Did we like it?
A fast-paced, slick thriller about the global perils when an infectious, lethal disease breaks out across America, even though it is so convoluted you sometimes felt as lost as a small boy wandering around a blue whale’s intestine.
What was good about it?
• The mysterious disease that caused panic across the USA and the way in which it seems to infect at random (a man playing with his daughter and a waitress were among the first victims). But there is also a sinister familiarity to the symptoms of a bleeding nose followed by death shortly afterwards – both of which were trademarks of Hillary Briss’s “special stuff” from The League of Gentlemen.
• A great cast even if they mostly are slightly falling stars (Stephen Dorff, Mira Sorvino) who are using top quality TV like this to propel themselves back into the capricious pantheon of Hollywood. Or others, such as Sophia Myles, who are clearly in an inexorable ascent and see no harm in giving their careers a timely boost. Or others, such as ex-LA Law star Blair Underwood, who have finally managed to haul their talented hides from the amorphous Swamp of the Typecast.
• The first part wasn’t so much a drama as a frenzied stampede in which Covert One agent Rachel (Sorvino) took a briefcase around Berlin to first pick up funds with which to trade a phial of some deadly disease (although not necessarily the one that has killed people in America). Ex-Covert One agent Jon Smith (Dorff) was then the target of his former employers who needed him to head up the investigation into the outbreak of the disease and also Rachel’s disappearance. All very X-Files but also very good.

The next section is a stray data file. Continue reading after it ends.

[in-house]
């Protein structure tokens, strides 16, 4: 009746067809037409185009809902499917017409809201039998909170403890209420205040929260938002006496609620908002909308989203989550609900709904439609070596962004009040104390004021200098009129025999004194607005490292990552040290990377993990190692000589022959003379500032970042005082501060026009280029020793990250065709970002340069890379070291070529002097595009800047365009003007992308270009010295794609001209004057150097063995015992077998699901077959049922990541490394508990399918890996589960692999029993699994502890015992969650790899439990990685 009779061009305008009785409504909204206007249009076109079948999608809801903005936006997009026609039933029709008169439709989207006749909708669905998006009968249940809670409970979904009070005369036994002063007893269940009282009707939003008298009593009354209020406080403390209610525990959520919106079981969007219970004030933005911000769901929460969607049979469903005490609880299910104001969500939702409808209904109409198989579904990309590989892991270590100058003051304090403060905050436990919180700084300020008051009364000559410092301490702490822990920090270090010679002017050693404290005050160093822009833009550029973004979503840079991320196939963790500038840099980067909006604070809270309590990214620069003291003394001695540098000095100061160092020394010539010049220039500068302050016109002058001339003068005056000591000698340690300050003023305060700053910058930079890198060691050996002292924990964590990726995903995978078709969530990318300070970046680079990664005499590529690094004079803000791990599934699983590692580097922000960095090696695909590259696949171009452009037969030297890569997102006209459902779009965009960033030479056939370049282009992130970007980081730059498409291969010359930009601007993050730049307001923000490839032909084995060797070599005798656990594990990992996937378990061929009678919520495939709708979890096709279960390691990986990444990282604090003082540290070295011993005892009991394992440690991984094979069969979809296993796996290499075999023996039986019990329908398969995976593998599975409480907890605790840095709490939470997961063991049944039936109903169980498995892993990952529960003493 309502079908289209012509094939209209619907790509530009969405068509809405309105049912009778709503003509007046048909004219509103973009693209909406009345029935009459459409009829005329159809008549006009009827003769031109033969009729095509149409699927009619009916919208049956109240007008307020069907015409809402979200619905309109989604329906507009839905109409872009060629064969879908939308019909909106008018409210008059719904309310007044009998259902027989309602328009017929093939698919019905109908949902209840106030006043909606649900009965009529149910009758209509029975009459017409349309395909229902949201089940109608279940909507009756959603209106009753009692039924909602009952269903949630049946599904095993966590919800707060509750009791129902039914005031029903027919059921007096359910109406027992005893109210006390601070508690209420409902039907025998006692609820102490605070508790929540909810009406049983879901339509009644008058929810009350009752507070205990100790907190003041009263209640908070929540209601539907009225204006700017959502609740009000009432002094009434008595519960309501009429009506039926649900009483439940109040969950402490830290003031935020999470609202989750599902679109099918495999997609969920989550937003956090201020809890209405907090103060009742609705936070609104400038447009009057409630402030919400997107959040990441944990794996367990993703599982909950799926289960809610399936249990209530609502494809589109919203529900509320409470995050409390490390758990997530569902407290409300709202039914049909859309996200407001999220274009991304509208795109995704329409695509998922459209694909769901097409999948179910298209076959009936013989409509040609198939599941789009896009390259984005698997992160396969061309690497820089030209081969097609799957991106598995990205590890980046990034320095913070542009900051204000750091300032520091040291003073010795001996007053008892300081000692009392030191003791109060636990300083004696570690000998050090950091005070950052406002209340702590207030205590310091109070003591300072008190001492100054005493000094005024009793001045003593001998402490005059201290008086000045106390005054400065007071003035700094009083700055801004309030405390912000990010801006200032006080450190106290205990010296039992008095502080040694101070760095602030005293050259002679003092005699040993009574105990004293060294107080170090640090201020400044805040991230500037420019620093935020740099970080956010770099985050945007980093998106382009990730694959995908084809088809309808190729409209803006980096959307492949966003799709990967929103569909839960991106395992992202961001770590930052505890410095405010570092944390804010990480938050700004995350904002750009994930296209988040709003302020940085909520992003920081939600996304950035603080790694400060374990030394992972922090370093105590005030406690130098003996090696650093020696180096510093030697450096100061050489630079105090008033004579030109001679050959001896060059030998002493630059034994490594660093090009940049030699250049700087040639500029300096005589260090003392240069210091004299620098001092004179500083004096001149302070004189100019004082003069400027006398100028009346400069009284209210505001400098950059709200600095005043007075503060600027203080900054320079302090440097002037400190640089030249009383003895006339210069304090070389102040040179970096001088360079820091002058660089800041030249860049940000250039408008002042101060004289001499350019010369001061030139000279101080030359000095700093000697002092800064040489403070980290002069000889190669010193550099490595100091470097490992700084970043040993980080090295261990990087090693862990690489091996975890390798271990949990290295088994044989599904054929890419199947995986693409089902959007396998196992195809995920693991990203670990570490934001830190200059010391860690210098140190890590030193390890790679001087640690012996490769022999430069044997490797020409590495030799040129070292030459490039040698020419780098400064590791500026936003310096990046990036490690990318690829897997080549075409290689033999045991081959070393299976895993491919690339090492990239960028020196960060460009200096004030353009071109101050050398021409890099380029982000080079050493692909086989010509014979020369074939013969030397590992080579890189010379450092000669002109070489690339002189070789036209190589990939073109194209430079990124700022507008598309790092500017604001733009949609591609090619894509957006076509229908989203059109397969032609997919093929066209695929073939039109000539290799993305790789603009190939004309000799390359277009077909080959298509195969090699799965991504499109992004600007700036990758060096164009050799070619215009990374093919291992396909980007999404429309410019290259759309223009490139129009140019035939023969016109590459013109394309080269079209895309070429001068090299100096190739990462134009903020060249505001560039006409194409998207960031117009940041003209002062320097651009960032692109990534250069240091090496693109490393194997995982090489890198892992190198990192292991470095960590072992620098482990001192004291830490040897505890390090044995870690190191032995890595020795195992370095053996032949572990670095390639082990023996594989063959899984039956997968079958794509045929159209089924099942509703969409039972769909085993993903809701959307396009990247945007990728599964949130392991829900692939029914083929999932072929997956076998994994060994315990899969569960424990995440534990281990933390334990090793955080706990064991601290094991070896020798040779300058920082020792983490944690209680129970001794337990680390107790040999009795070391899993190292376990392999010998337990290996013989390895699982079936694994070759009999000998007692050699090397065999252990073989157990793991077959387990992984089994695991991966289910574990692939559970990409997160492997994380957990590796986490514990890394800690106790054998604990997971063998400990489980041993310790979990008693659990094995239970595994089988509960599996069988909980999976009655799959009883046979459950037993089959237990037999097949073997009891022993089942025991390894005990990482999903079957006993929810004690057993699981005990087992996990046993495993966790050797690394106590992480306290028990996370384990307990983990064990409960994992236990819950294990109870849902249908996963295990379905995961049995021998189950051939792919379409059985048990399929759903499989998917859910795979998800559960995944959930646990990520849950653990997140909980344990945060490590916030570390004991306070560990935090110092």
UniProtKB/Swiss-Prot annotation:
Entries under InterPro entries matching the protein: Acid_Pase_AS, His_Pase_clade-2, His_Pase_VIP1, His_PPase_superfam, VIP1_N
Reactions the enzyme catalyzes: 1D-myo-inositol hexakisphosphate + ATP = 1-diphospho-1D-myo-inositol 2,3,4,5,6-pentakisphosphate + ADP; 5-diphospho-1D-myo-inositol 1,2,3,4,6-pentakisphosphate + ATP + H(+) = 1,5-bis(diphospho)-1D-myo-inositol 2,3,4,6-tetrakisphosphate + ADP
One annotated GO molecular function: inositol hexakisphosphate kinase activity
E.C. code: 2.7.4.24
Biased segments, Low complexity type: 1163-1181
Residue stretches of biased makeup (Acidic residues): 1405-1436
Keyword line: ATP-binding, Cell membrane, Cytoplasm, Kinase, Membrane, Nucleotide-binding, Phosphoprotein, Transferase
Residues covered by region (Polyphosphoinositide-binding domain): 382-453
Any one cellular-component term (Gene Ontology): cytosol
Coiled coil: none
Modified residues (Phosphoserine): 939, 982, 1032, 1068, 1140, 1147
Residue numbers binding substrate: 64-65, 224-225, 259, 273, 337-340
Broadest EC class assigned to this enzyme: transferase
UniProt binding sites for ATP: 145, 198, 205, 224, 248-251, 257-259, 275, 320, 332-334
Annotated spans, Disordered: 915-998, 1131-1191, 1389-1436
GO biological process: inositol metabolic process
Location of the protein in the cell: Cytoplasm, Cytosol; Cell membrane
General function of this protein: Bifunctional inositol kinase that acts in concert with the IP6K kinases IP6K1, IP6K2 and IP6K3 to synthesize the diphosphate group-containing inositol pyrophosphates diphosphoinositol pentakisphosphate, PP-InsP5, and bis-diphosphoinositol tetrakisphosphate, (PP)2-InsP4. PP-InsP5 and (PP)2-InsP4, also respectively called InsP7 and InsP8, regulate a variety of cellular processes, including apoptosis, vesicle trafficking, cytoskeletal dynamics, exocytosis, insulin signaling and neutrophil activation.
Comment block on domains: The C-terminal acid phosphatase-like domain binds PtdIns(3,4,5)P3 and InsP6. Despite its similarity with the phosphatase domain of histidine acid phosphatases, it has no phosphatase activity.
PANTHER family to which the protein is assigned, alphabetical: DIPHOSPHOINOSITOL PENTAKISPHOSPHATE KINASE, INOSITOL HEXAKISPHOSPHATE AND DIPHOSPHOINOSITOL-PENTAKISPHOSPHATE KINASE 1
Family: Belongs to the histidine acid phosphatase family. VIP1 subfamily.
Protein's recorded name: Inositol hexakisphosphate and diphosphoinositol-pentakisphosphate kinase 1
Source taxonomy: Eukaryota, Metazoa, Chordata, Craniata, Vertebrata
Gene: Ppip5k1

• Alongside all the traditional thriller elements is the use of doppelgangers. The man claiming to be Griffin may just be an agent for the enemy, but the enemy have also murdered a high-ranking official at the biochemical lab and replaced her with an exact copy. This is reminiscent of The X-Files once again, but on that occasion the doppelganger was an alien, and we don’t think it is aliens here.
What was bad about it?
• Being informed that the action had switched to “Berlin, Germany” as opposed to what? “Berlin, tepid MOR 80s one-hit wonder rock group”, a pit of hell where the soul is tormented one of the worst songs of the 20th century while skeletal effigies of Tom Cruise pilot paper-like planes made from the flayed hide of Kelly McGillis to act as a mild visual anaesthetic.
• As it inevitably involves the US secret service, a new division has to be invented that is even more secretive and exclusive than the last one with an even sillier name. “Covert One. Its existence is officially denied.”
• The inundation of different nefarious factions introduced within the first half-hour was a little overwhelming and confusing. It’s a little like opening an over-stuffed cupboard and the contents falling on top of you. Firstly, Rachel was on a mission in Berlin for Covert One, she then visited a Chechen terror group before being jostled in the street by a man claiming to be an ex-Covert One colleague, Griffin, who was presumed dead. He ushered her into another hideaway where she passed the ransom over to what seemed to be an Arab terror cell for the bio-terror phial, before being picked up by a pair of Covert One agents. Only these agents first robbed her of the phial and then tried to strangle her. After shooting both dead she fled. Later at her safe house she was attacked by a Russian posing as a German cop, and after she had fled from there another nasty-looking thug arrived who may or may not be a member of one of the plethora of terrorists/evil governments already present.
• The way Jon gazes adoringly at Sophie (Myles) suggests that she will either be killed or kidnapped as a bargaining chip in order to make Jon act irrationally and strike a deal with the enemy (whomever that may be). More certain of his doom is Gus the jovial gate guard at the biochemical lab where Sophie and Jon work; he had just enough dialogue to implant him in the viewer’s memory to elicit sympathy when he is killed in the next episode or two.